Lockheed Martin and Northrop Grumman, two of the world's biggest defense contractors, reported higher fourth-quarter profits Thursday on the back of strong military and civil electronics sales.
The two companies, which are the Pentagon's No. 1 and No. 3 suppliers respectively, both forecast growth in profit for the full year, as U.S. defense spending shows no sign of slipping in President George W. Bush's last year in office.
The results match higher profits posted by No. 4 U.S. defense contractor General Dynamics on Wednesday.
Boeing, the U.S. No 2 military supplier, is set to report earnings next week.
Shares of Lockheed , which easily beat Wall Street profit forecasts, rose about 1 percent in early trading on the New York Stock Exchange. Northrop, which hit Wall Street's average estimate, saw its shares dip 2 percent.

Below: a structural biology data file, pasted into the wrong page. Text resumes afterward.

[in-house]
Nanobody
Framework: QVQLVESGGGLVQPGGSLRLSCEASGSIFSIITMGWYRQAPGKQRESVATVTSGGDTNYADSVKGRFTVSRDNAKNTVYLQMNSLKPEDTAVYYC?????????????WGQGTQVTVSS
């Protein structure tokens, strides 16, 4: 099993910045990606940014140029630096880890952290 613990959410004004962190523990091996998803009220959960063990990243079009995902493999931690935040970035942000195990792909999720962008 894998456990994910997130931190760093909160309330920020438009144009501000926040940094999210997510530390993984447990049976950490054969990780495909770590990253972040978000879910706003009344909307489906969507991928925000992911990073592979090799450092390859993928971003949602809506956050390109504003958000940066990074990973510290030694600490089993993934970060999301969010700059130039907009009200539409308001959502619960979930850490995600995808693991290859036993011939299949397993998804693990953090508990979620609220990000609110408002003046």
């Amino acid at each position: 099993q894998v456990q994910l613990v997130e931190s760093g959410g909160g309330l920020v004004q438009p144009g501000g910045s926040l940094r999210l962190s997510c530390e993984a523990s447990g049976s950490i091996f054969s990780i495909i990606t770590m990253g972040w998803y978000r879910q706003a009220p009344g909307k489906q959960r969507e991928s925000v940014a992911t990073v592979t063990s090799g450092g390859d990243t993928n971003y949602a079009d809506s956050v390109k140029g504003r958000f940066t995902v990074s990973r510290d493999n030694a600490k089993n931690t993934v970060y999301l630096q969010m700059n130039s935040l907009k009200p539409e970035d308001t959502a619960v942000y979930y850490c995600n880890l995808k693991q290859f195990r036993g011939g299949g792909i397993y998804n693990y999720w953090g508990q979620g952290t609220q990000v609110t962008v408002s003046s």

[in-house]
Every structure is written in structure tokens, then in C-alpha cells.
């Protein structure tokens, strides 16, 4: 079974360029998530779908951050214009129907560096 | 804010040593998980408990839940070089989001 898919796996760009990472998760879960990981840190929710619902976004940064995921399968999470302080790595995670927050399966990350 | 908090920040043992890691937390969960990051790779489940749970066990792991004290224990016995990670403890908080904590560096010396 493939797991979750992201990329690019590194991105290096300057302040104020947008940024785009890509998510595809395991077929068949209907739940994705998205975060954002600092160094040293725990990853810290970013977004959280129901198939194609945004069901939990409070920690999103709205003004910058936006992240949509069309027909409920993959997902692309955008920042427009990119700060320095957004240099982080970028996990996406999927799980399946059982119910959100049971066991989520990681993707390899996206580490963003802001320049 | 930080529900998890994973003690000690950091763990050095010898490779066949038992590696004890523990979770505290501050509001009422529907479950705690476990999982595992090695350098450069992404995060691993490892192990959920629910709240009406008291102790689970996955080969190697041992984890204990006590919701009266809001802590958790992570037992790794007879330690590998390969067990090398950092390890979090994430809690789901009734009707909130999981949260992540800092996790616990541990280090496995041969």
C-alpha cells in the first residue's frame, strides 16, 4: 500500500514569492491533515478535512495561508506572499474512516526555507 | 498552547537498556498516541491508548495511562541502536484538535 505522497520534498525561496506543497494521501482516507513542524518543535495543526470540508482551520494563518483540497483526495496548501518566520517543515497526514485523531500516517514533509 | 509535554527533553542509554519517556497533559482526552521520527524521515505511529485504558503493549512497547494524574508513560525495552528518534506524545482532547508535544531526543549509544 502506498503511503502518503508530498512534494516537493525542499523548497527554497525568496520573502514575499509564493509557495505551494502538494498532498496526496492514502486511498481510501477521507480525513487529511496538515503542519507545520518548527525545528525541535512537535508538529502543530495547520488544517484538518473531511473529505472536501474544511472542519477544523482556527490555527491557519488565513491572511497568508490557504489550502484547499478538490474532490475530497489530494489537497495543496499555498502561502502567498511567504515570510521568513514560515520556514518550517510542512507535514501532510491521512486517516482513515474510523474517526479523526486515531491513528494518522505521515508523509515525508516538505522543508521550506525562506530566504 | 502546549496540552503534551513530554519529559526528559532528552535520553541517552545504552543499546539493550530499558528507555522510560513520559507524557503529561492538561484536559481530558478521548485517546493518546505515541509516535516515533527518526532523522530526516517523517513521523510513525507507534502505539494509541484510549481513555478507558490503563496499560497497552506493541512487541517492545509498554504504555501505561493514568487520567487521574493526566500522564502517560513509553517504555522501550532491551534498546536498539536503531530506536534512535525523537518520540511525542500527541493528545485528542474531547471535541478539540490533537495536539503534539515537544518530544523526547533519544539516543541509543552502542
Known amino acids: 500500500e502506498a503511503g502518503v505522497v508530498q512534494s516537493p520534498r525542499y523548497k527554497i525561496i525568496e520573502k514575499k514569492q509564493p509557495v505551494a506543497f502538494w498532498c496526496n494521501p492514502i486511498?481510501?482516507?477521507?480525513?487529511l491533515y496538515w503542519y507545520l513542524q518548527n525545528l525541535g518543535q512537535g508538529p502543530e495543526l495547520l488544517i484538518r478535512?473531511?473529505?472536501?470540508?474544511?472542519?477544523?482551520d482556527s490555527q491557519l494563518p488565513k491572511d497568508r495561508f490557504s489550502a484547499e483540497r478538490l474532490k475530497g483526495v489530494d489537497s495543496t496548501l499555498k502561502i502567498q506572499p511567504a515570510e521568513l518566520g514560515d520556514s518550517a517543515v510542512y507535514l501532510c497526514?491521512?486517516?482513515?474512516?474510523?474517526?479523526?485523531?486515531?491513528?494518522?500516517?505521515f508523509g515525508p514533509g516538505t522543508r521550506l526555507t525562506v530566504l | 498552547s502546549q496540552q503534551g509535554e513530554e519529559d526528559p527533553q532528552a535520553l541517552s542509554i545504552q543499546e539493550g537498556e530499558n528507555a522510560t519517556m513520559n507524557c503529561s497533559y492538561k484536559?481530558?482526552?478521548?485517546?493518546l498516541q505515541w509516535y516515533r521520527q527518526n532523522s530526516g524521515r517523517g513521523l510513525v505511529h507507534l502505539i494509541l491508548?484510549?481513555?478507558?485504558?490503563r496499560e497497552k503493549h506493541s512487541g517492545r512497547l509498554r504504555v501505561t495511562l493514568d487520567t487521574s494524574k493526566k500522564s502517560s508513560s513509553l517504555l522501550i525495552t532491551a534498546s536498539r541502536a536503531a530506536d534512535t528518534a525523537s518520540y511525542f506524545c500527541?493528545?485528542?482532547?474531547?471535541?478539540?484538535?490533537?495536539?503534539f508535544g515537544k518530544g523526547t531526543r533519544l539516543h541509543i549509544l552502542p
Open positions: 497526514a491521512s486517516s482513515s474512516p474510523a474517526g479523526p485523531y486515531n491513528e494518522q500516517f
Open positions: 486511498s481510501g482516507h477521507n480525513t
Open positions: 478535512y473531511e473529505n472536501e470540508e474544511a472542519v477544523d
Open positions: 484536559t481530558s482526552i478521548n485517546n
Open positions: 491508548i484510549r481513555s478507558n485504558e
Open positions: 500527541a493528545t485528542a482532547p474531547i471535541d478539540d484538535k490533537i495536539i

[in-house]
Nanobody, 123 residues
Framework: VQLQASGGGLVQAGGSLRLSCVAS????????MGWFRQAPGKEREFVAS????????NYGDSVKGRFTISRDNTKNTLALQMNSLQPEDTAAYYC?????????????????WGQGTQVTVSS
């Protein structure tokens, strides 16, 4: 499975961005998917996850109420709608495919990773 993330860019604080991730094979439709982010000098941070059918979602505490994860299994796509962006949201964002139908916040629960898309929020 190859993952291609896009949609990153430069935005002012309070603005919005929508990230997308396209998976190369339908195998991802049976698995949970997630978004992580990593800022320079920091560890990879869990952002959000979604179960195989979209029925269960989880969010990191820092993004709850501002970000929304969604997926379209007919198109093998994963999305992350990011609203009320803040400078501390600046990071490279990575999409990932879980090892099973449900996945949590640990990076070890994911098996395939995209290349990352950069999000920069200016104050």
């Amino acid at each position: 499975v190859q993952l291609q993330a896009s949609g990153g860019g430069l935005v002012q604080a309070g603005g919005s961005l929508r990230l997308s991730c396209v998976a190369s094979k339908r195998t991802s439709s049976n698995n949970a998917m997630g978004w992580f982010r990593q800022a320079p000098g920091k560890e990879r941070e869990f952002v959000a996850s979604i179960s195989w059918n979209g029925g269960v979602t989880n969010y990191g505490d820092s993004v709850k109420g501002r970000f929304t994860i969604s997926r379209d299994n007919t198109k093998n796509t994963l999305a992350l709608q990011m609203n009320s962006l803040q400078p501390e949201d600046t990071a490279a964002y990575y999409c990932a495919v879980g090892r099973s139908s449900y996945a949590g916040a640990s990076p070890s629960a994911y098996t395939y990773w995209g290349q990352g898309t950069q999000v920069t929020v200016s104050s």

Lockheed, which is the world's largest defense contractor, reported a greater-than expected 10 percent rise in quarterly profit to $799 million, or $1.89 per share. That exceeded Wall Street's average forecast of $1.70 per share, according to Reuters Estimates.
The Bethesda, Maryland-based company reported lower quarterly revenue from its F-16 fighter jet, which is now made only for overseas military forces, and also from its new F-35 fighter, which is still in the early stages of production.
But those declines were offset by higher revenue at its electronics, information and space systems units, helped by sales of its technology services for military and civil use.
Overall sales were flat at $10.8 billion.
Citing improvements in its aeronautics business, Lockheed raised its full-year earnings forecast to a range of $7.05 to $7.25 per share, up from its previous forecast of $6.95 to $7.15 per share. Analysts are expecting $7.29 per share, on average.
Northrop Profit Edges Up
Northrop, known for its B-2 bomber, Global Hawk unmanned aircraft and a range of warships and submarines, reported slightly higher fourth-quarter profit and forecast full-year profit in line with Wall Street estimates.